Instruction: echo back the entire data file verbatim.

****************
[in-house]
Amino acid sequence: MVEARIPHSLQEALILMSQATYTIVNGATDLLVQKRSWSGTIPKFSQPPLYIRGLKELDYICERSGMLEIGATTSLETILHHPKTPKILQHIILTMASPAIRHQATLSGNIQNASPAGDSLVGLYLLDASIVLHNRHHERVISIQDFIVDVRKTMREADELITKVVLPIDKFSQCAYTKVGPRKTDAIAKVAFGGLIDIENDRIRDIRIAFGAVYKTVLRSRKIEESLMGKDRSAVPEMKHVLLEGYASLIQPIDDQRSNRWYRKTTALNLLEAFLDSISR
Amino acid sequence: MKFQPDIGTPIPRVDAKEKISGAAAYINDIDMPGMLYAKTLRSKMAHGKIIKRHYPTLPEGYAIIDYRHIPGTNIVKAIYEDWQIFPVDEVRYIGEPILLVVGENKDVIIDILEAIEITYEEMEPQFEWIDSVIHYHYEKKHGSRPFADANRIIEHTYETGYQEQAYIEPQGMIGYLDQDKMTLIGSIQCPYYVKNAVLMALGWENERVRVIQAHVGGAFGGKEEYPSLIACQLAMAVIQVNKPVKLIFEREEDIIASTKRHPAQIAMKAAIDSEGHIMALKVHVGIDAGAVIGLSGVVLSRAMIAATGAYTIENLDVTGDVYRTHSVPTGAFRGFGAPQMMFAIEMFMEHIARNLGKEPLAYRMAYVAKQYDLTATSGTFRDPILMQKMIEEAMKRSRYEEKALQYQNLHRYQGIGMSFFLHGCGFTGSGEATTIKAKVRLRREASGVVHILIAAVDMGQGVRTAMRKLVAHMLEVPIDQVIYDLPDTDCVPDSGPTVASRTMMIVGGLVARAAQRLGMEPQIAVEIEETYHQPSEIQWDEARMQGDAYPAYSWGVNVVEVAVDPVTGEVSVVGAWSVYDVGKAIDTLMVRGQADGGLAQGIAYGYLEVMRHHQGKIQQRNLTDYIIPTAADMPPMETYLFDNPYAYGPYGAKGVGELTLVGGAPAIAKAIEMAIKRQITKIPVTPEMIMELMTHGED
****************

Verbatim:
[in-house]
Amino acid sequence: MVEARIPHSLQEALILMSQATYTIVNGATDLLVQKRSWSGTIPKFSQPPLYIRGLKELDYICERSGMLEIGATTSLETILHHPKTPKILQHIILTMASPAIRHQATLSGNIQNASPAGDSLVGLYLLDASIVLHNRHHERVISIQDFIVDVRKTMREADELITKVVLPIDKFSQCAYTKVGPRKTDAIAKVAFGGLIDIENDRIRDIRIAFGAVYKTVLRSRKIEESLMGKDRSAVPEMKHVLLEGYASLIQPIDDQRSNRWYRKTTALNLLEAFLDSISR
Amino acid sequence: MKFQPDIGTPIPRVDAKEKISGAAAYINDIDMPGMLYAKTLRSKMAHGKIIKRHYPTLPEGYAIIDYRHIPGTNIVKAIYEDWQIFPVDEVRYIGEPILLVVGENKDVIIDILEAIEITYEEMEPQFEWIDSVIHYHYEKKHGSRPFADANRIIEHTYETGYQEQAYIEPQGMIGYLDQDKMTLIGSIQCPYYVKNAVLMALGWENERVRVIQAHVGGAFGGKEEYPSLIACQLAMAVIQVNKPVKLIFEREEDIIASTKRHPAQIAMKAAIDSEGHIMALKVHVGIDAGAVIGLSGVVLSRAMIAATGAYTIENLDVTGDVYRTHSVPTGAFRGFGAPQMMFAIEMFMEHIARNLGKEPLAYRMAYVAKQYDLTATSGTFRDPILMQKMIEEAMKRSRYEEKALQYQNLHRYQGIGMSFFLHGCGFTGSGEATTIKAKVRLRREASGVVHILIAAVDMGQGVRTAMRKLVAHMLEVPIDQVIYDLPDTDCVPDSGPTVASRTMMIVGGLVARAAQRLGMEPQIAVEIEETYHQPSEIQWDEARMQGDAYPAYSWGVNVVEVAVDPVTGEVSVVGAWSVYDVGKAIDTLMVRGQADGGLAQGIAYGYLEVMRHHQGKIQQRNLTDYIIPTAADMPPMETYLFDNPYAYGPYGAKGVGELTLVGGAPAIAKAIEMAIKRQITKIPVTPEMIMELMTHGED